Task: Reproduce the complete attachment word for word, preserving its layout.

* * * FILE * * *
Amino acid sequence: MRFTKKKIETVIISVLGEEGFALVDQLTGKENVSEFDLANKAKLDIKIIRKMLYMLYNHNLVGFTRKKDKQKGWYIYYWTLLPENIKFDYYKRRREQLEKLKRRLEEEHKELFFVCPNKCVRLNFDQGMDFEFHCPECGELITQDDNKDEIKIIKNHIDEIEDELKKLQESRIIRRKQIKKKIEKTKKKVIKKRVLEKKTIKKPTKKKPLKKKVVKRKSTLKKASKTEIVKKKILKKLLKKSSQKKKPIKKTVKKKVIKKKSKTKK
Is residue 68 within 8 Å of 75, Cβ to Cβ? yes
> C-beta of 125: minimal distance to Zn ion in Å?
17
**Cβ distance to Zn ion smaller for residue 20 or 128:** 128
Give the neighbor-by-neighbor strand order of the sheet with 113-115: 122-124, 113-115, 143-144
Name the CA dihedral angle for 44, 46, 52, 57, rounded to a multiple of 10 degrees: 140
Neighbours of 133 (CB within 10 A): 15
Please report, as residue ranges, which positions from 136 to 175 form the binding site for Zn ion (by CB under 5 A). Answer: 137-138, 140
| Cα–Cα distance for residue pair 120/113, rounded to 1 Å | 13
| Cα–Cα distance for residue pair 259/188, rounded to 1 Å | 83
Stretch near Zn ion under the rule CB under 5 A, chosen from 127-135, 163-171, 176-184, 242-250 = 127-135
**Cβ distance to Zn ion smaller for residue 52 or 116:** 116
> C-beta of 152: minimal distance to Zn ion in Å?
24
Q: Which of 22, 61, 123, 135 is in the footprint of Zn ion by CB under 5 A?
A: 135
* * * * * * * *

Amino acid sequence: MRFTKKKIETVIISVLGEEGFALVDQLTGKENVSEFDLANKAKLDIKIIRKMLYMLYNHNLVGFTRKKDKQKGWYIYYWTLLPENIKFDYYKRRREQLEKLKRRLEEEHKELFFVCPNKCVRLNFDQGMDFEFHCPECGELITQDDNKDEIKIIKNHIDEIEDELKKLQESRIIRRKQIKKKIEKTKKKVIKKRVLEKKTIKKPTKKKPLKKKVVKRKSTLKKASKTEIVKKKILKKLLKKSSQKKKPIKKTVKKKVIKKKSKTKK
Is residue 68 within 8 Å of 75, Cβ to Cβ? yes
> C-beta of 125: minimal distance to Zn ion in Å?
17
**Cβ distance to Zn ion smaller for residue 20 or 128:** 128
Give the neighbor-by-neighbor strand order of the sheet with 113-115: 122-124, 113-115, 143-144
Name the CA dihedral angle for 44, 46, 52, 57, rounded to a multiple of 10 degrees: 140
Neighbours of 133 (CB within 10 A): 15
Please report, as residue ranges, which positions from 136 to 175 form the binding site for Zn ion (by CB under 5 A). Answer: 137-138, 140
| Cα–Cα distance for residue pair 120/113, rounded to 1 Å | 13
| Cα–Cα distance for residue pair 259/188, rounded to 1 Å | 83
Stretch near Zn ion under the rule CB under 5 A, chosen from 127-135, 163-171, 176-184, 242-250 = 127-135
**Cβ distance to Zn ion smaller for residue 52 or 116:** 116
> C-beta of 152: minimal distance to Zn ion in Å?
24
Q: Which of 22, 61, 123, 135 is in the footprint of Zn ion by CB under 5 A?
A: 135